Sunday, February 19, 2012

Facebook Wisdom

Right now, my son is sitting on the sofa with an apple in his hand listening to Greek mythology on the iPad. He will be eight in about three months, and he has autism.

Right now, my daughter is in the bath tub playing with toys. From my spot in my bedroom, I can see her through the French door to the master bath, talking to herself, acting out some kind of scene. She will be six next month.

Today I really liked it when some of the mama's I adore in the blogosphere posted this on facebook: "It's hard having an autistic child. It's even harder being an autistic child." I think it's true and valid. I feel like I could see my son posting it when he's old enough, if fb is still around in another five or six years.

I also think it's valid to post this: "It's hard being an autistic child. It's even harder having an autistic child." It might seem impossible to think both are true, or it might make me sound obnoxious to say it. But that's okay. I also liked it that some friends posted this Dr. Seuss quote: "Be who you are and say what you feel because those who mind don't matter and those who matter don't mind."

When it comes to the question of autism's difficulty, what I feel is this: it's all about perspective, this life of ours, and along with it, this business of "harder." After all, can you really compare? Is suffering really measurable? How many of you believe that those pain-o-meter pictures in the hospital that ask you how to quantify your distress really mean that the doctor understands what you are going through when you tell him you are at level 3 or 5 or 7?

I can't speak for my son, who has autism, about how hard his life is or isn't, from his perspective or my own. I can't really compare my challenges to his. But I value the reminder in the facebook post that he very well might have the perspective that autism is harder for him than it is for me. I know that there are days his sister would likely argue it's no walk in the park for her, either, that her brother has autism, and I think she'd have a valid point, a right to her perspective and to some kind of fb quote all her own. I'm okay with anyone who wants to say they have it rough, who want us to know their perspective on how hard things are. Difficulties come on a spectrum.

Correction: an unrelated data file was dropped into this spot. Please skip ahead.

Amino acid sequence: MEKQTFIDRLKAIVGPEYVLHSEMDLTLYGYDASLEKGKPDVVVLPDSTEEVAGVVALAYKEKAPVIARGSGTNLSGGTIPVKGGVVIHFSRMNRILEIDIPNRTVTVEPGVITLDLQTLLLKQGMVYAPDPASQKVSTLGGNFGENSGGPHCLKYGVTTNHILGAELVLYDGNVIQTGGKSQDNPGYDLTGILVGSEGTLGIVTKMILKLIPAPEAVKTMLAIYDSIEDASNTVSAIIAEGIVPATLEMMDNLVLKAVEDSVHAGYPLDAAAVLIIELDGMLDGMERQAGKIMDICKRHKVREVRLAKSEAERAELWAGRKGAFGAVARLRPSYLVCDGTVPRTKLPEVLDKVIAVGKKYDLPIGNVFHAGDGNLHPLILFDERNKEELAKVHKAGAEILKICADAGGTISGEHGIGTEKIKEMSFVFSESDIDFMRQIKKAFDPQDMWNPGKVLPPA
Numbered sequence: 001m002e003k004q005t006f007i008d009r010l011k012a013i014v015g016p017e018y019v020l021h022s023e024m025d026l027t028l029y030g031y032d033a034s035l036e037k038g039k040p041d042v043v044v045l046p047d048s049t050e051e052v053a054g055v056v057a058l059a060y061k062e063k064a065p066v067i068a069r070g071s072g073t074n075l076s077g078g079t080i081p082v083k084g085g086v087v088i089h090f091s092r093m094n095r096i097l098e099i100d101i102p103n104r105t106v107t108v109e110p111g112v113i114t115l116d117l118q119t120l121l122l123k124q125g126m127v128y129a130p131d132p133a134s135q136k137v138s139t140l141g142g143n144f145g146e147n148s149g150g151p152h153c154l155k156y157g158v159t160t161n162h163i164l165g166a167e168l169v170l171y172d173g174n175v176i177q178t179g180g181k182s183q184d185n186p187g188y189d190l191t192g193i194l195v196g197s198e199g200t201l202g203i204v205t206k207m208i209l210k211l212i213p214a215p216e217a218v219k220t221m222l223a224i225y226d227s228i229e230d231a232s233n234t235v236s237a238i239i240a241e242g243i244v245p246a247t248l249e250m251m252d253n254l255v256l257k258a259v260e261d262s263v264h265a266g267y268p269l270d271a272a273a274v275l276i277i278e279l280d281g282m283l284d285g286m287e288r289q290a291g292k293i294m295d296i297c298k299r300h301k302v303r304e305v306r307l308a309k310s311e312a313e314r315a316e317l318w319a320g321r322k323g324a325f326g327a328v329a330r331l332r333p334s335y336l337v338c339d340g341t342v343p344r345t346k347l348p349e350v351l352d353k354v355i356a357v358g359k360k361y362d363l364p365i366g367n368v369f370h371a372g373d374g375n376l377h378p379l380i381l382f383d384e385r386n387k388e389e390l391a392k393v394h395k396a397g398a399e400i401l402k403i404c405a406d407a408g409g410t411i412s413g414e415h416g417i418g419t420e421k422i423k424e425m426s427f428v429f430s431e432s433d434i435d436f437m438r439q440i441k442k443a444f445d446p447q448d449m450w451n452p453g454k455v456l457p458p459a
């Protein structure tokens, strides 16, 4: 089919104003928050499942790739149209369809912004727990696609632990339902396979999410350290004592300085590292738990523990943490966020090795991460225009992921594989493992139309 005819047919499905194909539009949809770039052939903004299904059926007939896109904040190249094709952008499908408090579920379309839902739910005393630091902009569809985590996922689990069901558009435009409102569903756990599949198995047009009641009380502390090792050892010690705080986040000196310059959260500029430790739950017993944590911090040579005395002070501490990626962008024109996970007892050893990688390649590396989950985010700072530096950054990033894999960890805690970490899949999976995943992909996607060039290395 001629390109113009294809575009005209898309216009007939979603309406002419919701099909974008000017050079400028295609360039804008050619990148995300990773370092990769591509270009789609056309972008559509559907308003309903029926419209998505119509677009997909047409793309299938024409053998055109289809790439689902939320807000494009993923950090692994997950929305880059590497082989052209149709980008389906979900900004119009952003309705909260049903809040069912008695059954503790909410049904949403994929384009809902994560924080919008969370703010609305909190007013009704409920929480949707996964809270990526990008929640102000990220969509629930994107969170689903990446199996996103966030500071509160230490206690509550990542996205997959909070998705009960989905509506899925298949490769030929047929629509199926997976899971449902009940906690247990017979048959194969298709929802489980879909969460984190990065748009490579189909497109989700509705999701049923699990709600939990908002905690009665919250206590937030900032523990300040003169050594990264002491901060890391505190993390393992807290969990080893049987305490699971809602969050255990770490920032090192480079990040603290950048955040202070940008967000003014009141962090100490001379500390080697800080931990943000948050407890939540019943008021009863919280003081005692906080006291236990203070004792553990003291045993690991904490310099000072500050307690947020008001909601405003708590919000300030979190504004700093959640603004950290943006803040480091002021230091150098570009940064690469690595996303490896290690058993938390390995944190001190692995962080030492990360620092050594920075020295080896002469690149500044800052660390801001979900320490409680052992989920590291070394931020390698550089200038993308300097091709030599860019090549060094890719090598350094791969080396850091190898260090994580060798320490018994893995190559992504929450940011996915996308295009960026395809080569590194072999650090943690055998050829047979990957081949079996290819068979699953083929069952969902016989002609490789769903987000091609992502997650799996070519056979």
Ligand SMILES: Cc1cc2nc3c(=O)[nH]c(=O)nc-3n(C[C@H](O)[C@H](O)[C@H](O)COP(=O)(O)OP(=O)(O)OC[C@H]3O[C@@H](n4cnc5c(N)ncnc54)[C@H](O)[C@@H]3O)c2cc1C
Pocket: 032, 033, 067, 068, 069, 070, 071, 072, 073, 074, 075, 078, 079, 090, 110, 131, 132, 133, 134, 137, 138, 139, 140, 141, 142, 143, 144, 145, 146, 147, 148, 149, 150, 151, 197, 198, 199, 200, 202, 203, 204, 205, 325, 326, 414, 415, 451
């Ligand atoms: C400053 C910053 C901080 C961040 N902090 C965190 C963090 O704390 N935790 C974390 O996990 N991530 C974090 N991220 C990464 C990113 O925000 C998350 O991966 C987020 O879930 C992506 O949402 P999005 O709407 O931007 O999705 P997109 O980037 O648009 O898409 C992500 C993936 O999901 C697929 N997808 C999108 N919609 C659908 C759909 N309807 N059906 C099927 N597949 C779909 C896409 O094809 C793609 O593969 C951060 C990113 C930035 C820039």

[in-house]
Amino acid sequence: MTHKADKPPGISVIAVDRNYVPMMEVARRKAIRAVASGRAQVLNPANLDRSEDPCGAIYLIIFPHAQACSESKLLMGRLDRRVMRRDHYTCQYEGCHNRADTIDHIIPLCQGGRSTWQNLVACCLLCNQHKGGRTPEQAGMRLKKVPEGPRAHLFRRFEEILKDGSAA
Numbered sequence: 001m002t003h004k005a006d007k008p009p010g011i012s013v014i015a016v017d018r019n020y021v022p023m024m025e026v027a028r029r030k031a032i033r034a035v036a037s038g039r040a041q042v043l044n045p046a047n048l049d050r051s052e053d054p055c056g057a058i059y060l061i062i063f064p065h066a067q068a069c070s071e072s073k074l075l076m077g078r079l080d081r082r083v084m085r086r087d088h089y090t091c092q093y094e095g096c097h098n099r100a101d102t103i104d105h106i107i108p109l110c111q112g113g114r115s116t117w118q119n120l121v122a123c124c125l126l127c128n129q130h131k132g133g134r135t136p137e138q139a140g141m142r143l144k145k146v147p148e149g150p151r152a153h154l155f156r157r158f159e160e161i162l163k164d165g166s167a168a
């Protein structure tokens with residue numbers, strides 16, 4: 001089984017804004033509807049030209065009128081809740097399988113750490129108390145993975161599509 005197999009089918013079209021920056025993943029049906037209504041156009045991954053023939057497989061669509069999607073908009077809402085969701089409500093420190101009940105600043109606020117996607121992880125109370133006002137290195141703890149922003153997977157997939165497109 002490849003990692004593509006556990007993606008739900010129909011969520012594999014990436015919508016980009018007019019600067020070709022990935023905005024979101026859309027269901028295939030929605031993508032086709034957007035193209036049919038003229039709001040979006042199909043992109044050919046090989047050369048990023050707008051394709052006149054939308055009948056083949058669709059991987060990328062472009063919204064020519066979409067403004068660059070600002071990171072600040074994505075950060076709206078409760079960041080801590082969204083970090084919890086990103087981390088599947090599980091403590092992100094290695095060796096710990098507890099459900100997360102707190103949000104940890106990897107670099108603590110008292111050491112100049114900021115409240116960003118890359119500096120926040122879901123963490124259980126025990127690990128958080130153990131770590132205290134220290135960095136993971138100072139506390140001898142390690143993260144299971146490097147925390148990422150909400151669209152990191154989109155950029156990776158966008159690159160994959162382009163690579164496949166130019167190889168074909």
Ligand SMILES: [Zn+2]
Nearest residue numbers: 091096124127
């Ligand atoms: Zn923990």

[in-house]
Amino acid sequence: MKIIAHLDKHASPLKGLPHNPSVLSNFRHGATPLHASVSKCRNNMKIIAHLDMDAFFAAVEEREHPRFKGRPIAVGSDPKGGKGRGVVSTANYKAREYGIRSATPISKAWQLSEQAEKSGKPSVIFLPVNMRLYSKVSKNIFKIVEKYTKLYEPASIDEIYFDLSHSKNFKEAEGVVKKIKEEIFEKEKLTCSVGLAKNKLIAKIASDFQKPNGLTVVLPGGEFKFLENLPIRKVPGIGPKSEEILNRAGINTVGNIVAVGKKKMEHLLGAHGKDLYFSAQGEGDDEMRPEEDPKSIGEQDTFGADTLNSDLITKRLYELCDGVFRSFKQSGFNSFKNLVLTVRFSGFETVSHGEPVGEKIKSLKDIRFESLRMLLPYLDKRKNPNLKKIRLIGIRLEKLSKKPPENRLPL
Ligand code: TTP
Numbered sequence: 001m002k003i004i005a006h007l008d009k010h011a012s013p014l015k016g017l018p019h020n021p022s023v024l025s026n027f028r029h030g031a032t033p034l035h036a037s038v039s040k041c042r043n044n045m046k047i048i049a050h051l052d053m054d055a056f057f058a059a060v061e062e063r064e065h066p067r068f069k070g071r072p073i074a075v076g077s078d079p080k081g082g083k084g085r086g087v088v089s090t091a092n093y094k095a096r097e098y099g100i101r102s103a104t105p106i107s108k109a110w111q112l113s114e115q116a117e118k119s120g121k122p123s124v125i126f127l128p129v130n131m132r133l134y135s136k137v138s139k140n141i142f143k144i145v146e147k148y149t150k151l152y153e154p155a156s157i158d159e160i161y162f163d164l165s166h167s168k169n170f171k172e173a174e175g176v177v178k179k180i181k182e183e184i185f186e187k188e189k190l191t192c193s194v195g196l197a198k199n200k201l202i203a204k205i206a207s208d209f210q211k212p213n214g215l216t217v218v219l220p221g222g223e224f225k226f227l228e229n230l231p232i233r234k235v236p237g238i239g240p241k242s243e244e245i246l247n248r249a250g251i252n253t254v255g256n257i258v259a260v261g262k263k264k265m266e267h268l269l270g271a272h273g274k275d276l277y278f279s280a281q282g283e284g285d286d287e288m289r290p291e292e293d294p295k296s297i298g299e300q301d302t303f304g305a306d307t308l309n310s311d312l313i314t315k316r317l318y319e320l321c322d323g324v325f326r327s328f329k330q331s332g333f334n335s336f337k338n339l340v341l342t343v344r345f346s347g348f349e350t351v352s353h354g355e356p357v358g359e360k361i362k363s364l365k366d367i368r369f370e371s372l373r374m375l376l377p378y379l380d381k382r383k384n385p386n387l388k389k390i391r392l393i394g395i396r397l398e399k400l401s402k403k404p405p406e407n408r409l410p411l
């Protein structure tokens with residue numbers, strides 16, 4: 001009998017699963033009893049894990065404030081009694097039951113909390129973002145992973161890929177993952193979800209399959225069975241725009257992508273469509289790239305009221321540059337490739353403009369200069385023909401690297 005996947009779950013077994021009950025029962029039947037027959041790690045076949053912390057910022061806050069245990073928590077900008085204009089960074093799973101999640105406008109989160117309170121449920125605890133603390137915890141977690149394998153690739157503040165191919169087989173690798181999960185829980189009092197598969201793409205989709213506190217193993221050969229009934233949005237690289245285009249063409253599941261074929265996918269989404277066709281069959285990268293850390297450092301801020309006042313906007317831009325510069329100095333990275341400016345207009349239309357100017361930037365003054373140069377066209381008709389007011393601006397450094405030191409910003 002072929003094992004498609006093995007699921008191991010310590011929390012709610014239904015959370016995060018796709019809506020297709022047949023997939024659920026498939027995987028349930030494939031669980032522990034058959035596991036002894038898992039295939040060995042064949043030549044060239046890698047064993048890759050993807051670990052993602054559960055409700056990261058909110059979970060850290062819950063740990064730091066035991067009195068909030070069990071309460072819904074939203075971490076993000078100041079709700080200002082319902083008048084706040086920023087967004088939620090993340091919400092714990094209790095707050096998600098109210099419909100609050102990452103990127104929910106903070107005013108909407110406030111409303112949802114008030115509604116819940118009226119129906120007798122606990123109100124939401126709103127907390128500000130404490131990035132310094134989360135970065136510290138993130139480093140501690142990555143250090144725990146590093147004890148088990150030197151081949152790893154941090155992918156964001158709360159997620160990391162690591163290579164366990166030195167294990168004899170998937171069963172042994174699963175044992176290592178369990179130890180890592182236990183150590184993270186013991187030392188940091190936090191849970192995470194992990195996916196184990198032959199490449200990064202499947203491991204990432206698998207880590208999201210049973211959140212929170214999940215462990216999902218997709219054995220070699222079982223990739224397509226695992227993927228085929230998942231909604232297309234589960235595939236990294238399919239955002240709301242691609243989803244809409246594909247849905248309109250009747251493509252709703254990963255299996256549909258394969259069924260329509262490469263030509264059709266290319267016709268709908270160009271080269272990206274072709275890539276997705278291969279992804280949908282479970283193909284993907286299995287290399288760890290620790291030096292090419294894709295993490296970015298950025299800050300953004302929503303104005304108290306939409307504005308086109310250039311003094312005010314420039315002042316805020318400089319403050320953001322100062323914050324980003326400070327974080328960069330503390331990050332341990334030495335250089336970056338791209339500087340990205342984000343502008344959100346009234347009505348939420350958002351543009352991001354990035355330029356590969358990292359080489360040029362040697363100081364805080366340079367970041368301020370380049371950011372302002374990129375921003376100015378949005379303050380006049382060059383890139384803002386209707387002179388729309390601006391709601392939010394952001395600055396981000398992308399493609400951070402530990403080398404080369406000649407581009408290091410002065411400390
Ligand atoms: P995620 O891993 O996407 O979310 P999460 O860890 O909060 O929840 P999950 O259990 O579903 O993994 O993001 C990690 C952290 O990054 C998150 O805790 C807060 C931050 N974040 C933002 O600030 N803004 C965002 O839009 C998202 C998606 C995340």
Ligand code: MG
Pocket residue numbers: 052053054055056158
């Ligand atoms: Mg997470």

I'd argue, too, that there could be a lot worse things in our lives than having autism in it. One would be not having autism in it, if it meant that there would not be a little boy sitting on the sofa with an apple in his hand listening to Greek mythology. Things at our house seem pretty hard through some looking glasses. But warm baths and juicy apples and learning and imaginative play and love look pretty beautiful too. I know my mama friends would agree with this without even asking them.

I just saw yet another quote on fb that resonates for me, and with this post, and so I will leave you with that: "Feelings are much like waves, we can't stop them from coming but we can choose which one to surf."

Thanks, friends. See you on facebook.


Niksmom said...

love this! xoxo

kim mccafferty said...

Love that last quote in particular, so absolutely true. We all have a right to our feelings, and we all process things differently. Thanks for the reminder!